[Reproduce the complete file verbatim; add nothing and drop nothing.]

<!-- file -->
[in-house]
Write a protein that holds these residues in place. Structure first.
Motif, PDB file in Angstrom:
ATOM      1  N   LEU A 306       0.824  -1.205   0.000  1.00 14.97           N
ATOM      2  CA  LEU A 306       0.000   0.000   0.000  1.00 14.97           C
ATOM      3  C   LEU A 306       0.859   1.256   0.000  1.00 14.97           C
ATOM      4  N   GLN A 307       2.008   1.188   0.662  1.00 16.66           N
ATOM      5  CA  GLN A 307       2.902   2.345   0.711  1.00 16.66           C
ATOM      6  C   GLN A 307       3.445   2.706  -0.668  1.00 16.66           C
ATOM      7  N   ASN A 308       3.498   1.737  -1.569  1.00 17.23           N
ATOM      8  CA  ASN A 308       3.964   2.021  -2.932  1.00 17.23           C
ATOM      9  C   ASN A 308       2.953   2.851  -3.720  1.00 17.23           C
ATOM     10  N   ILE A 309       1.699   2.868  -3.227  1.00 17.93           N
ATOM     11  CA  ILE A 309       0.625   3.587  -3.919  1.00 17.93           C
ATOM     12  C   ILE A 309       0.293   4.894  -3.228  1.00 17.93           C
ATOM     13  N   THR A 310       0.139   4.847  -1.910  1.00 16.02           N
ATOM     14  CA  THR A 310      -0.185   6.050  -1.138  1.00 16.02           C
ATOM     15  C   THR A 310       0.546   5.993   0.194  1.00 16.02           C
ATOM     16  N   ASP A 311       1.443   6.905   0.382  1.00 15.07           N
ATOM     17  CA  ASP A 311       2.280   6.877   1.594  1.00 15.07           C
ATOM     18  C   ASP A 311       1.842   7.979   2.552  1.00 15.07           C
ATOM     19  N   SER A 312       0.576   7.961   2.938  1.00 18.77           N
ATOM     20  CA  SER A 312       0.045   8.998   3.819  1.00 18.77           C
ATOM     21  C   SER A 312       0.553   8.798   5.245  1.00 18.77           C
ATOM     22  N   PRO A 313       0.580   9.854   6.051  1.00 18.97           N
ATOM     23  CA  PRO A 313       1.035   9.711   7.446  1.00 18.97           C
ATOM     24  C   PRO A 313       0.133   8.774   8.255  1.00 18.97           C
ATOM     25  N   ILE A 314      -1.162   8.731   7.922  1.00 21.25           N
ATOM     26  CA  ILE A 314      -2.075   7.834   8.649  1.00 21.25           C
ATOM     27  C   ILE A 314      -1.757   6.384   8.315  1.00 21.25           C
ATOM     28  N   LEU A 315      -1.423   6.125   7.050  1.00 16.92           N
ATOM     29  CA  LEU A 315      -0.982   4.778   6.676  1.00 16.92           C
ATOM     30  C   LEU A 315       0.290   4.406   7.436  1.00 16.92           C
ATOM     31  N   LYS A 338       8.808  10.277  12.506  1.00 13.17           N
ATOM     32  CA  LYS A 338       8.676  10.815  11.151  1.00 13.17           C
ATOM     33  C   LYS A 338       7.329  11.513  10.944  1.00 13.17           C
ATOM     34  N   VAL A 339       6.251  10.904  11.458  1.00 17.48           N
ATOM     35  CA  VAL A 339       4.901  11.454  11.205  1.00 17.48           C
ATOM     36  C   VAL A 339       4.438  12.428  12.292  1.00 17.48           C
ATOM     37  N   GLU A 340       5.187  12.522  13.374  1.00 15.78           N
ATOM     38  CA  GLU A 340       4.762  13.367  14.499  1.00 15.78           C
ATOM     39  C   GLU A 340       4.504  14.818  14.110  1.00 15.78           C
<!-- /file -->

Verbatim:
[in-house]
Write a protein that holds these residues in place. Structure first.
Motif, PDB file in Angstrom:
ATOM      1  N   LEU A 306       0.824  -1.205   0.000  1.00 14.97           N
ATOM      2  CA  LEU A 306       0.000   0.000   0.000  1.00 14.97           C
ATOM      3  C   LEU A 306       0.859   1.256   0.000  1.00 14.97           C
ATOM      4  N   GLN A 307       2.008   1.188   0.662  1.00 16.66           N
ATOM      5  CA  GLN A 307       2.902   2.345   0.711  1.00 16.66           C
ATOM      6  C   GLN A 307       3.445   2.706  -0.668  1.00 16.66           C
ATOM      7  N   ASN A 308       3.498   1.737  -1.569  1.00 17.23           N
ATOM      8  CA  ASN A 308       3.964   2.021  -2.932  1.00 17.23           C
ATOM      9  C   ASN A 308       2.953   2.851  -3.720  1.00 17.23           C
ATOM     10  N   ILE A 309       1.699   2.868  -3.227  1.00 17.93           N
ATOM     11  CA  ILE A 309       0.625   3.587  -3.919  1.00 17.93           C
ATOM     12  C   ILE A 309       0.293   4.894  -3.228  1.00 17.93           C
ATOM     13  N   THR A 310       0.139   4.847  -1.910  1.00 16.02           N
ATOM     14  CA  THR A 310      -0.185   6.050  -1.138  1.00 16.02           C
ATOM     15  C   THR A 310       0.546   5.993   0.194  1.00 16.02           C
ATOM     16  N   ASP A 311       1.443   6.905   0.382  1.00 15.07           N
ATOM     17  CA  ASP A 311       2.280   6.877   1.594  1.00 15.07           C
ATOM     18  C   ASP A 311       1.842   7.979   2.552  1.00 15.07           C
ATOM     19  N   SER A 312       0.576   7.961   2.938  1.00 18.77           N
ATOM     20  CA  SER A 312       0.045   8.998   3.819  1.00 18.77           C
ATOM     21  C   SER A 312       0.553   8.798   5.245  1.00 18.77           C
ATOM     22  N   PRO A 313       0.580   9.854   6.051  1.00 18.97           N
ATOM     23  CA  PRO A 313       1.035   9.711   7.446  1.00 18.97           C
ATOM     24  C   PRO A 313       0.133   8.774   8.255  1.00 18.97           C
ATOM     25  N   ILE A 314      -1.162   8.731   7.922  1.00 21.25           N
ATOM     26  CA  ILE A 314      -2.075   7.834   8.649  1.00 21.25           C
ATOM     27  C   ILE A 314      -1.757   6.384   8.315  1.00 21.25           C
ATOM     28  N   LEU A 315      -1.423   6.125   7.050  1.00 16.92           N
ATOM     29  CA  LEU A 315      -0.982   4.778   6.676  1.00 16.92           C
ATOM     30  C   LEU A 315       0.290   4.406   7.436  1.00 16.92           C
ATOM     31  N   LYS A 338       8.808  10.277  12.506  1.00 13.17           N
ATOM     32  CA  LYS A 338       8.676  10.815  11.151  1.00 13.17           C
ATOM     33  C   LYS A 338       7.329  11.513  10.944  1.00 13.17           C
ATOM     34  N   VAL A 339       6.251  10.904  11.458  1.00 17.48           N
ATOM     35  CA  VAL A 339       4.901  11.454  11.205  1.00 17.48           C
ATOM     36  C   VAL A 339       4.438  12.428  12.292  1.00 17.48           C
ATOM     37  N   GLU A 340       5.187  12.522  13.374  1.00 15.78           N
ATOM     38  CA  GLU A 340       4.762  13.367  14.499  1.00 15.78           C
ATOM     39  C   GLU A 340       4.504  14.818  14.110  1.00 15.78           C